DOI: 10.1111/1365-2745.14238 ISSN: 0022-0477

Decoupling of nitrogen, phosphorus, and carbon release from fine and coarse roots during 7 years of decomposition

Jun Pan, Craig R. See, Rui Wang, Junwei Luan, Jing Wang, Fan Liu, Xiankui Quan, Hongyang Chen, Xingchang Wang, Chuankuan Wang
  • Plant Science
  • Ecology
  • Ecology, Evolution, Behavior and Systematics


Below‐ground litter decomposition represents an important source of the limiting nutrients nitrogen (N) and phosphorus (P) to forest soils, but roots also immobilize these nutrients during the decomposition process.

Despite clear implications for soil fertility, the rates and drivers of nutrient immobilization and release (as the percent of increase and decrease of the initial pool) from root litter remain poorly understood, especially in coarse roots (>2 mm diameter).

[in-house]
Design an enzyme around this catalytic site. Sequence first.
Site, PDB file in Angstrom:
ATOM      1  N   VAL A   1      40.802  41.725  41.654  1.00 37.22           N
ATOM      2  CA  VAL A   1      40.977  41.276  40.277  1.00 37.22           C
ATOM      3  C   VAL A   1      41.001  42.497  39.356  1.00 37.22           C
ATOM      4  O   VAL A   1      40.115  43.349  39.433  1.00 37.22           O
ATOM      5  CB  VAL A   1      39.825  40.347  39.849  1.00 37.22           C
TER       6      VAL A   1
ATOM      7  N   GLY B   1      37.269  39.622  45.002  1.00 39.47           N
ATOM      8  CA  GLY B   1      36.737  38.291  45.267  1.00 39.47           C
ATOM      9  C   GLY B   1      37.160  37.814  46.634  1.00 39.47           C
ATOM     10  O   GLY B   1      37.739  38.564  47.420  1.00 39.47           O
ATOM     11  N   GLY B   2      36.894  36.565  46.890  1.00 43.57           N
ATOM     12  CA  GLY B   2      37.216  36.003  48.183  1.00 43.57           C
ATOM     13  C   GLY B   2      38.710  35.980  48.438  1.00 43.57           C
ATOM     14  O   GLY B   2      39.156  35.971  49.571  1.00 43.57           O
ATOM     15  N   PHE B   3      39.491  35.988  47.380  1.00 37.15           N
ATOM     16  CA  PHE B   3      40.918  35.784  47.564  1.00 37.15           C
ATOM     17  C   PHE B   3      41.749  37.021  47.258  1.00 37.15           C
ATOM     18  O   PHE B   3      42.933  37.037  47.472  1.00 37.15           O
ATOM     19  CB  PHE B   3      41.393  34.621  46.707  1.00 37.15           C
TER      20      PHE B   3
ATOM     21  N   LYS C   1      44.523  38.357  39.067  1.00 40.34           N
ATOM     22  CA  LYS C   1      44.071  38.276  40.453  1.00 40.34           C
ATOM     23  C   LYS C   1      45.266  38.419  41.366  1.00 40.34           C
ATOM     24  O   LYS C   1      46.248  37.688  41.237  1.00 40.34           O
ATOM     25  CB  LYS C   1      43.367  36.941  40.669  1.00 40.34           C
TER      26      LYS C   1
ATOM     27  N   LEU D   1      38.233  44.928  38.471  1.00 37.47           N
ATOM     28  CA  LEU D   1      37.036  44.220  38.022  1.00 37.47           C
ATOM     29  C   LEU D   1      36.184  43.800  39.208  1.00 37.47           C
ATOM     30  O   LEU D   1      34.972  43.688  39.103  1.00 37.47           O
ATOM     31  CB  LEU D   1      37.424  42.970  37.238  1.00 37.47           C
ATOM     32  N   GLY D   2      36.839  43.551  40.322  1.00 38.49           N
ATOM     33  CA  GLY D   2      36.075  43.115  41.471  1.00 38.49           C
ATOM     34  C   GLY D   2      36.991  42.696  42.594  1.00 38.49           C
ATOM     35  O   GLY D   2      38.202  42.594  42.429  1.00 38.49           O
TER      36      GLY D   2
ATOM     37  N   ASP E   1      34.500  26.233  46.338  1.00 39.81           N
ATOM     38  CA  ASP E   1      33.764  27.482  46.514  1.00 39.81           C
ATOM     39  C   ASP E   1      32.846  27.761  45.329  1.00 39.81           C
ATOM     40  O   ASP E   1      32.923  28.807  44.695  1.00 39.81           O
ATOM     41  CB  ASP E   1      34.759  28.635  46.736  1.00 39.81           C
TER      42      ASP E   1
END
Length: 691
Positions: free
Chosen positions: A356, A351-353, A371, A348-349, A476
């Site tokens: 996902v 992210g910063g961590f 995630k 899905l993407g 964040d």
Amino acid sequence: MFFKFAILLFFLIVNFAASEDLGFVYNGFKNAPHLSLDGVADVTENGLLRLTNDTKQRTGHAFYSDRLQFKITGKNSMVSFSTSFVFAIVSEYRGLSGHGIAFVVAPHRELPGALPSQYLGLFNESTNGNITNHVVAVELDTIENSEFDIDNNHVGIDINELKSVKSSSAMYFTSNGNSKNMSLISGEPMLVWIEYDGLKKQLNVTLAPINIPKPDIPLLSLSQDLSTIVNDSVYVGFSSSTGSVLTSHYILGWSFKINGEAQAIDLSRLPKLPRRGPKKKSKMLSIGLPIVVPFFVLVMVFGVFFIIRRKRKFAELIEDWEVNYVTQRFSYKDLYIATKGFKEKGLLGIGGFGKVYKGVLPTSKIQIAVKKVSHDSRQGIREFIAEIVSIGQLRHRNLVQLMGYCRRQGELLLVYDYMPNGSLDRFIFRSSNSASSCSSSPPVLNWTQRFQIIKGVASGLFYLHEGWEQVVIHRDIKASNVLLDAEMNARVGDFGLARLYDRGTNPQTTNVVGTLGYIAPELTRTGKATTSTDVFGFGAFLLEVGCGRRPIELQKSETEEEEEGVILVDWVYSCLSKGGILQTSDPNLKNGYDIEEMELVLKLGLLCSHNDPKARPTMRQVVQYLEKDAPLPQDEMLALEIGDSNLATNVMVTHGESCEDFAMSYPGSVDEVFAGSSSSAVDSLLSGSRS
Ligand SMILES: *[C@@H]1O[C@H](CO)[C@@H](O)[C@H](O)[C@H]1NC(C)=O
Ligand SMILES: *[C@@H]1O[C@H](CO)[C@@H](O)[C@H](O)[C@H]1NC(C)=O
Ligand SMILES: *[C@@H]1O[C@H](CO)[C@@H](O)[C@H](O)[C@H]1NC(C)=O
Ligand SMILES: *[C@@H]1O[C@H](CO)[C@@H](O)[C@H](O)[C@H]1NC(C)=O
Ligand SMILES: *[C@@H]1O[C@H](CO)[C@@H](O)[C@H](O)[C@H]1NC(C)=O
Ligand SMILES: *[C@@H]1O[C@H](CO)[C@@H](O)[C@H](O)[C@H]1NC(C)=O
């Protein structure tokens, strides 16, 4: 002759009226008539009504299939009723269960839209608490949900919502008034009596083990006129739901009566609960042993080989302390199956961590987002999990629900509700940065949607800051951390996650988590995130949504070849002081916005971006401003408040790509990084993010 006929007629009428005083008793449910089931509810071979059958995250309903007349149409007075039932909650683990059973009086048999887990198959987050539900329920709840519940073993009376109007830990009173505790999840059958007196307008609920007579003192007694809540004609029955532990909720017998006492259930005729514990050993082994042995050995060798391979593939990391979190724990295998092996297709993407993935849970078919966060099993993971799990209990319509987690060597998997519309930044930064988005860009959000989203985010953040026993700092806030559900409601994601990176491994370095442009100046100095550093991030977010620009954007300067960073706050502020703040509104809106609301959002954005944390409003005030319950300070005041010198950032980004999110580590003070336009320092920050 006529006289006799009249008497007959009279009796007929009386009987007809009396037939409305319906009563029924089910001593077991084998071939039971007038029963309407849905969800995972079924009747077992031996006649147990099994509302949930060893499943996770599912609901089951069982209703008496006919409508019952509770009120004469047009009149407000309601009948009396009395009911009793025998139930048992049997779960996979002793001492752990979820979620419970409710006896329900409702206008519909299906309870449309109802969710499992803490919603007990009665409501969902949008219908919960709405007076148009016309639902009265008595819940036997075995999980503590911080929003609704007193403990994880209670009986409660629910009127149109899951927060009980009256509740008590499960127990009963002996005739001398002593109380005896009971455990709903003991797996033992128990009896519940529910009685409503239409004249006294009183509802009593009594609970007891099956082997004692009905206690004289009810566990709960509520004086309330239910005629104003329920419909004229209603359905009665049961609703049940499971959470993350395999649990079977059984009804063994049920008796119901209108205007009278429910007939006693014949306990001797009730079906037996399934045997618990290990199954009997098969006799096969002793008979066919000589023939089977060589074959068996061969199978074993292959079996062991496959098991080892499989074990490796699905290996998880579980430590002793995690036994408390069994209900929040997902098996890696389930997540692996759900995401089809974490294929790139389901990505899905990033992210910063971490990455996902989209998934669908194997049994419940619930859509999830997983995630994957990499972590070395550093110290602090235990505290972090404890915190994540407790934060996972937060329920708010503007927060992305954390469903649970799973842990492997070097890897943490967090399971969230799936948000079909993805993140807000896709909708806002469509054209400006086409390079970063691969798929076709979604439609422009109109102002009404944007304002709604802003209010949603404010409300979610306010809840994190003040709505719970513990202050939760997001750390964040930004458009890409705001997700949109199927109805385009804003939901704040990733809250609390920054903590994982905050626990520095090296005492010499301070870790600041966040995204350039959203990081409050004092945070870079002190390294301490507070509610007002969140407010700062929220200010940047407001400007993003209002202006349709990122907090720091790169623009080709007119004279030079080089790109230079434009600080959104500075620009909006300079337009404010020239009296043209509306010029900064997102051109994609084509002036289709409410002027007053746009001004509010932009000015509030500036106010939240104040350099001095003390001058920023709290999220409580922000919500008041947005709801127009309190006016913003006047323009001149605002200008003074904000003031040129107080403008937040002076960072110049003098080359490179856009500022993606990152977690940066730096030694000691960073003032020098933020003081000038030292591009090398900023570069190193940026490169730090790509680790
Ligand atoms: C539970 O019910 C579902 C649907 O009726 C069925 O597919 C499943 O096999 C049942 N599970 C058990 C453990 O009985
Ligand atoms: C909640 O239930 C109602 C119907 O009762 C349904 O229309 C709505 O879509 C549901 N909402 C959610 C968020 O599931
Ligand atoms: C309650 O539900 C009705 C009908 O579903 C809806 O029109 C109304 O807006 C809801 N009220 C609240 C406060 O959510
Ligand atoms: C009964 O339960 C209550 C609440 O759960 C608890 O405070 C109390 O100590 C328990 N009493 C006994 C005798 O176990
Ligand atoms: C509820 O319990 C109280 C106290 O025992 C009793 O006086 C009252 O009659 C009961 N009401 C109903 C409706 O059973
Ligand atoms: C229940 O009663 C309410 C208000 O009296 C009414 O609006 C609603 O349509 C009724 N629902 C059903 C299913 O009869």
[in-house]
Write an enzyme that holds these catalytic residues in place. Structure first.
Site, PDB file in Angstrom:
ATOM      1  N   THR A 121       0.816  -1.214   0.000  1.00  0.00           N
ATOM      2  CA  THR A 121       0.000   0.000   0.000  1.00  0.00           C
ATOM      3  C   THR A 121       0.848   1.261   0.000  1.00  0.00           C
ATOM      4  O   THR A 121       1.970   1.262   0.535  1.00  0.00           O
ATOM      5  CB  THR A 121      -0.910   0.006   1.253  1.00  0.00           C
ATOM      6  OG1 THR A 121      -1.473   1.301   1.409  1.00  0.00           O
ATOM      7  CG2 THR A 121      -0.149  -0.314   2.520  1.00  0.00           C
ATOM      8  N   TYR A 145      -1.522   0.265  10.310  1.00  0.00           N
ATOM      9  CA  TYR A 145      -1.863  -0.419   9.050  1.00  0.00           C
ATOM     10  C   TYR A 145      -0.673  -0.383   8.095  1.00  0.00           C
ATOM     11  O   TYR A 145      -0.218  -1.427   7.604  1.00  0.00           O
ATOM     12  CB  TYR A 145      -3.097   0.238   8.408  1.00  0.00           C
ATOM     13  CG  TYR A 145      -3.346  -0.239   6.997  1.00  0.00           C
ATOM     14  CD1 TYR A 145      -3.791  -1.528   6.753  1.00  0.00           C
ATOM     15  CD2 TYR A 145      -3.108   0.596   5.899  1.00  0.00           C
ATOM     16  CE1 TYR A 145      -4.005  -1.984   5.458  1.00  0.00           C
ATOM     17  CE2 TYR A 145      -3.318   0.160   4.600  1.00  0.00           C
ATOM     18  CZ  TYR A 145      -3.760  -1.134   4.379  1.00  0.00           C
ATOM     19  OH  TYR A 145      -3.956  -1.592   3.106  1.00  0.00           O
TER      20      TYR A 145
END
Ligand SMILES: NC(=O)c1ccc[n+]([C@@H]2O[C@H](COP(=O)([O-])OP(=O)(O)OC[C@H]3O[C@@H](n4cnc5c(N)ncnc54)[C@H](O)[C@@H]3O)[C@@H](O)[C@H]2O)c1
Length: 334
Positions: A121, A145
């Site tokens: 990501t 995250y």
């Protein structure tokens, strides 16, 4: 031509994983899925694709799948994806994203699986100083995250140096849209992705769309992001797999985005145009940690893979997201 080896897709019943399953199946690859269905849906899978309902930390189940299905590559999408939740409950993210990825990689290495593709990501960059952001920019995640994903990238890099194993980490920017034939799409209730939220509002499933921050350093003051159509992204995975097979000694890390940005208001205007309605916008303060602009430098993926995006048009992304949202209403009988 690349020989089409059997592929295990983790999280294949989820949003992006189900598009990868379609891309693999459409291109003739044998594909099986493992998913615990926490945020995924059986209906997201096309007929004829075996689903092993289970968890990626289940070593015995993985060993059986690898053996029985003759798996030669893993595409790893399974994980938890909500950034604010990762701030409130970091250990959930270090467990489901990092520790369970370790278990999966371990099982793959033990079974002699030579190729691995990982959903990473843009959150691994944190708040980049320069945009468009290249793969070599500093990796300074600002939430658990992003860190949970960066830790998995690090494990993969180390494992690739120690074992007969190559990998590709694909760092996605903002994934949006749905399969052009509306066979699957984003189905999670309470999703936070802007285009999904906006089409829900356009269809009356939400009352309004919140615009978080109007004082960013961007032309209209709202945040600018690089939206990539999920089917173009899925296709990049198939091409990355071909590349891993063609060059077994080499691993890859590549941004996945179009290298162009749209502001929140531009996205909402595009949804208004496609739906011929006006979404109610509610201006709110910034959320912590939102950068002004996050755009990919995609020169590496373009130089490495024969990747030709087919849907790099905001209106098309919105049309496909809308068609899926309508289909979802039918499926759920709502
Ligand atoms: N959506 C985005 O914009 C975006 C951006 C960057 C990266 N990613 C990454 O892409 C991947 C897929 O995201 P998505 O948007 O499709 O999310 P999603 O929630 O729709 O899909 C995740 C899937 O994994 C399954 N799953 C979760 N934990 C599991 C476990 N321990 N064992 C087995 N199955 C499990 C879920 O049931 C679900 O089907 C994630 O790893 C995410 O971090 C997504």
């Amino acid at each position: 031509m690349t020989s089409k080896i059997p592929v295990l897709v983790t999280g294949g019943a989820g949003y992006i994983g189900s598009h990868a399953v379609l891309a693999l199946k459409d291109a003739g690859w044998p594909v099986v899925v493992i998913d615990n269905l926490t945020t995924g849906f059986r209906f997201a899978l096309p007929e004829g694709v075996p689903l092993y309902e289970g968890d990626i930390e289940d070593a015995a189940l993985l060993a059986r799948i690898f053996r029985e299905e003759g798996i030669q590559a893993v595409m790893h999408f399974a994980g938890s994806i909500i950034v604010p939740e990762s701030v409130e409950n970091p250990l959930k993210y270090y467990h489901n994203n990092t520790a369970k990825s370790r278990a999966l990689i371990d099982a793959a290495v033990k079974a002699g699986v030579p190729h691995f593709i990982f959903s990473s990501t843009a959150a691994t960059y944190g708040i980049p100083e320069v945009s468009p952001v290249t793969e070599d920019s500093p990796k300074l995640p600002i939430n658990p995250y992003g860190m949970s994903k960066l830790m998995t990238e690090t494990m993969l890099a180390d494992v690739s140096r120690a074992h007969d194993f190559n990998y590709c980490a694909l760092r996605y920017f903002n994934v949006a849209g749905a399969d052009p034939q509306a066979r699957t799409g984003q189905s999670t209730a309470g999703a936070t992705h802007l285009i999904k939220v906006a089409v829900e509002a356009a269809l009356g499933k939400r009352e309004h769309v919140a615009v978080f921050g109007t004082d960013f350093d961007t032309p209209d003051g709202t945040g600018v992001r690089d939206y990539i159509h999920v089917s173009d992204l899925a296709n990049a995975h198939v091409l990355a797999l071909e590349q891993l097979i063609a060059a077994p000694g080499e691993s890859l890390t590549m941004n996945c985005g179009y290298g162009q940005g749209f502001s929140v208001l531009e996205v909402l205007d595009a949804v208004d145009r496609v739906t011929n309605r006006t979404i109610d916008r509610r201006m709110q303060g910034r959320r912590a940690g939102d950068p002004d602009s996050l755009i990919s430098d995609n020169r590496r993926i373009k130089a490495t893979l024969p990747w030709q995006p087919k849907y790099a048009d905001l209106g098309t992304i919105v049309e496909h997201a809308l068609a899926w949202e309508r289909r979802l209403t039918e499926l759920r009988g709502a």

To address this gap, we conducted a 7‐year field decomposition experiment using roots from three species, across five diameter classes (<1, 1–2, 2–5, 5–10 and 10–20 mm) in a temperate forest.

Nitrogen dynamics were largely decoupled with P and carbon (C) over the course of the experiment, and both varied by species and root diameter. Roots released P to the surrounding soil within the first year of decomposition. In contrast, roots immobilized N for much longer, with the coarsest roots remaining a net N sink after 7 years. Long‐term N release was jointly controlled by initial nutrient and C quality, whereas P release and decomposition rate were better predicted by initial C quality. Initial root nutrients well predicted the difference between long‐term N versus P release.

Synthesis. Our results highlight the fact that N and P dynamics should be considered separately when modelling nutrient release during root decomposition, and suggest that the functional diversity of below‐ground biomass may have considerable afterlife effects on the relative availability of N and P in soil. We conclude that root litter, especially coarse root litter, represents an underappreciated N sink in forest soils.

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